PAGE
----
Pin It

How to drink beer in a nice restaurant 

click to enlarge diningout11-1.jpg

The rest of the table has ordered wine and then the server turns to you. You hang your head and sheepishly ask for a beer.

Been there? Most beer drinkers have over the years, but the notion that beer is the "lesser" when it comes to ordering a drink with dinner has begun to fade away. Many fine-dining restaurants now keep a solid list of tap beers or specialty bottles to choose from.

It wasn't always this way. A decade and a half ago, a nice restaurant might have a few bottles of beer they'd reluctantly bring out to the folks who eschewed wine.

The tide is turning, though. Spokane's No-Li Brewhouse has seen its beer land in some of the state's finest restaurants. A couple of Seattle eateries will gladly serve you a 22-ounce bottle of No-Li, presented by a waiter just like a bottle of wine. Splitting one of these larger bottles could very well become commonplace, believes John Bryant the co-owner of No-Li.

"It's changed in the culture of food. It's totally acceptable in a white-linen restaurant to order a bottle of beer to share," says Bryant.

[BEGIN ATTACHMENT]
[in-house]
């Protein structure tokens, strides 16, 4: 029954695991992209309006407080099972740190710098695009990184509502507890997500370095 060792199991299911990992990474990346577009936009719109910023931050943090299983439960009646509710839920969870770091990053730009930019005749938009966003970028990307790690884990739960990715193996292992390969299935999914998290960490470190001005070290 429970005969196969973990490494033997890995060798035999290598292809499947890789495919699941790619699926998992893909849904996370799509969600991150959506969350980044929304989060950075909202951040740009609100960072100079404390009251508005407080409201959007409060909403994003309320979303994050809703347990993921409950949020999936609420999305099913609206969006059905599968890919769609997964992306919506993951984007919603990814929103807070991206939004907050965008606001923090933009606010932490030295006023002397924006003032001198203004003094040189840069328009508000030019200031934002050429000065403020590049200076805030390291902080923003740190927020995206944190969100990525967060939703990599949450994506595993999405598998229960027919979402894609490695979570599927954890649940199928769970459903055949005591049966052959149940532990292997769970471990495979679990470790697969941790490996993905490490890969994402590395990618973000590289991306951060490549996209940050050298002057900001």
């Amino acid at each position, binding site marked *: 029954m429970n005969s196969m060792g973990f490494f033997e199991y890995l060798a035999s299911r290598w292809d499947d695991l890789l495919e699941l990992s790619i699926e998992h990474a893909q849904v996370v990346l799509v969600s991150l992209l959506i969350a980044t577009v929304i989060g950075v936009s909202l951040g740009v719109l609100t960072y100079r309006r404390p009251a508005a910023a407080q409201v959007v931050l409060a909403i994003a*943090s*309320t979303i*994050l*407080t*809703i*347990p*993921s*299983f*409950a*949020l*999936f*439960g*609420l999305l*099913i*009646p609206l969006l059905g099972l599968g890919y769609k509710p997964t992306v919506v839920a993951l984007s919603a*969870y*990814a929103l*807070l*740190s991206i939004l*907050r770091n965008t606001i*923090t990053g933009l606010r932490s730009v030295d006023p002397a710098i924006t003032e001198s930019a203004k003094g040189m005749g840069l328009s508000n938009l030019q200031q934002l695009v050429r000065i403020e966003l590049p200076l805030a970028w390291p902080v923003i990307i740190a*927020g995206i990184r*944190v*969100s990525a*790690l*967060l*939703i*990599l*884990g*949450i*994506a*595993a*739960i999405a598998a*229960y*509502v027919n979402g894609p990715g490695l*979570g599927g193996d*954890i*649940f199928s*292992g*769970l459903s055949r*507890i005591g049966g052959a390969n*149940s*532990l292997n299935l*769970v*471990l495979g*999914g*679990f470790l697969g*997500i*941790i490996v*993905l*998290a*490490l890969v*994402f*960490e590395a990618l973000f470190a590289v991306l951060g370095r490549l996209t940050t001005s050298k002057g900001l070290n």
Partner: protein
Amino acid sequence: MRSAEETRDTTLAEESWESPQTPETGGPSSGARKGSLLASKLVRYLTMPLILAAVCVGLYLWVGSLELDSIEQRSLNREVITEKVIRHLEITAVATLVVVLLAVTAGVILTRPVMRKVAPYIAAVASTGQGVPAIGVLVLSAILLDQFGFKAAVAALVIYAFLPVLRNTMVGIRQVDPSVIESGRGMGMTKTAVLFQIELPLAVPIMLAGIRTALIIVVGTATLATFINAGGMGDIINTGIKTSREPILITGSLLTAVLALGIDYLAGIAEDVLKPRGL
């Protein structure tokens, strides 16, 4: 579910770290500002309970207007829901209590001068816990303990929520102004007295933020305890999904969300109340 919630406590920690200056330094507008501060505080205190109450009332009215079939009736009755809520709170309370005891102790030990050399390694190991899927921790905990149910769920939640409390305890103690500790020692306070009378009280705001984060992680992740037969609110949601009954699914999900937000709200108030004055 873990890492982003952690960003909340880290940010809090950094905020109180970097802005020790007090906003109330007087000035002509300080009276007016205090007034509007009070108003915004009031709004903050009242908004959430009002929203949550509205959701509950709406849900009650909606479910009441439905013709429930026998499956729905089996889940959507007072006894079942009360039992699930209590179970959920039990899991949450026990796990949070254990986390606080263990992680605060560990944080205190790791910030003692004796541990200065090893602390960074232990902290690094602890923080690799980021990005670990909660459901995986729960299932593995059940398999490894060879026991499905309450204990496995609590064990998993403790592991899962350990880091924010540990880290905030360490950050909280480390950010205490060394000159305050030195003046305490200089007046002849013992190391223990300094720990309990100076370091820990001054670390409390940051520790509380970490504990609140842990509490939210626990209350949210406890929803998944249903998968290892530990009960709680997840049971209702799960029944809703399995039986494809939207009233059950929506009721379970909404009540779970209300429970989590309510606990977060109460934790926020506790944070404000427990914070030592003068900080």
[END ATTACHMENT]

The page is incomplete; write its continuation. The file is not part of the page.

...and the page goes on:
At No-Li's brewpub, the beer list suggests food pairings and the menu, in term, offers beers that would go well with the food. A fine-dining establishment may know how to match its menu with a beer, but don't sweat it, says Bryant.

"With beer, there's no wrong choice. You could have a stout with fish or a golden with fish. Are there profiles that match better? Sure." says Bryant. "You should drink what you like."

While wine will probably always have a place above beer on the ladder of fanciness, many in the brewing industry, Bryant included, argue that beer is actually the more complex beverage.

"Hops are always evolving. If you think about grapes, they're mostly sustainable, but they're making hop hybrids now in a lab," says Bryant.

This, among other reasons, means that broadly speaking, the range of flavors in beer exceeds that of wine, making for more options for food pairings. As more people realize this, Bryant thinks you'll see more big bottles of beer arriving tableside wrapped in a white cloth.

"I don't think anyone turns their nose down at beer anymore," he says.♦

  • Pin It

Latest in Dining Out Guide


Subscribe to this thread:

Add a comment

Today | Fri | Sat | Sun | Mon | Tue | Wed

All of today's events | Staff Picks

More by Mike Bookey

  • BOOK | <i>HOP KING</i>

    One tasty bit of Washington history
    • Jan 18, 2017
  • Creative Focus
  • Creative Focus

    With a new leader and funding source, Spokane Arts continues its march to make the city more creative
    • Jan 18, 2017
  • Beer Notes
  • Beer Notes

    Whistle Punk lands a taproom spot in downtown Spokane, and some other brewing news
    • Jan 12, 2017
  • More »

Most Commented On

Readers also liked…

  • Family Foods
  • Family Foods

    The ravioli at Hill's Resort isn't far from the recipe that chef Scott Hill learned from his grandmother
    • Oct 8, 2015
  • Slow Food
  • Slow Food

    How Ruins' Tony Brown learned that the long way to a dish is the tasty way
    • Oct 8, 2015

© 2017 Inlander
Website powered by Foundation